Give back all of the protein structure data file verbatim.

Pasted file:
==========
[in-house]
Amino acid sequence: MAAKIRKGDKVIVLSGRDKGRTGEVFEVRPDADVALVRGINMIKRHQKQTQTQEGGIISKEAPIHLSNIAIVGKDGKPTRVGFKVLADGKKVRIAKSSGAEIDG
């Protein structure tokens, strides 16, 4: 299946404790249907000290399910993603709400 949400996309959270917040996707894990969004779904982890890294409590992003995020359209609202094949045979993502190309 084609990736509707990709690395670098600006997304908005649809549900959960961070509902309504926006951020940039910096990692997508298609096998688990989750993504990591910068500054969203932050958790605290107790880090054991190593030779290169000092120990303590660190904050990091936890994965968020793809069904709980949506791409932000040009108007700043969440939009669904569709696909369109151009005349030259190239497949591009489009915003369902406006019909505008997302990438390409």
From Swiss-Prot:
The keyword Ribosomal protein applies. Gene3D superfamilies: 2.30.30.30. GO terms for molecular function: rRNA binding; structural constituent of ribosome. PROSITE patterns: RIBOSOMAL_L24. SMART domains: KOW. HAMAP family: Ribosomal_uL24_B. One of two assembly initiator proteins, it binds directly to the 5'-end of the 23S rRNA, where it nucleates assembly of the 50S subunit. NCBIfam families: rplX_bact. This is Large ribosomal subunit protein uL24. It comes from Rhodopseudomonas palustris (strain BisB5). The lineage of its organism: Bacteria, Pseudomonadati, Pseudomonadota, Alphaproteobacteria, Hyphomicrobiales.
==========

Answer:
[in-house]
Amino acid sequence: MAAKIRKGDKVIVLSGRDKGRTGEVFEVRPDADVALVRGINMIKRHQKQTQTQEGGIISKEAPIHLSNIAIVGKDGKPTRVGFKVLADGKKVRIAKSSGAEIDG
């Protein structure tokens, strides 16, 4: 299946404790249907000290399910993603709400 949400996309959270917040996707894990969004779904982890890294409590992003995020359209609202094949045979993502190309 084609990736509707990709690395670098600006997304908005649809549900959960961070509902309504926006951020940039910096990692997508298609096998688990989750993504990591910068500054969203932050958790605290107790880090054991190593030779290169000092120990303590660190904050990091936890994965968020793809069904709980949506791409932000040009108007700043969440939009669904569709696909369109151009005349030259190239497949591009489009915003369902406006019909505008997302990438390409």
From Swiss-Prot:
The keyword Ribosomal protein applies. Gene3D superfamilies: 2.30.30.30. GO terms for molecular function: rRNA binding; structural constituent of ribosome. PROSITE patterns: RIBOSOMAL_L24. SMART domains: KOW. HAMAP family: Ribosomal_uL24_B. One of two assembly initiator proteins, it binds directly to the 5'-end of the 23S rRNA, where it nucleates assembly of the 50S subunit. NCBIfam families: rplX_bact. This is Large ribosomal subunit protein uL24. It comes from Rhodopseudomonas palustris (strain BisB5). The lineage of its organism: Bacteria, Pseudomonadati, Pseudomonadota, Alphaproteobacteria, Hyphomicrobiales.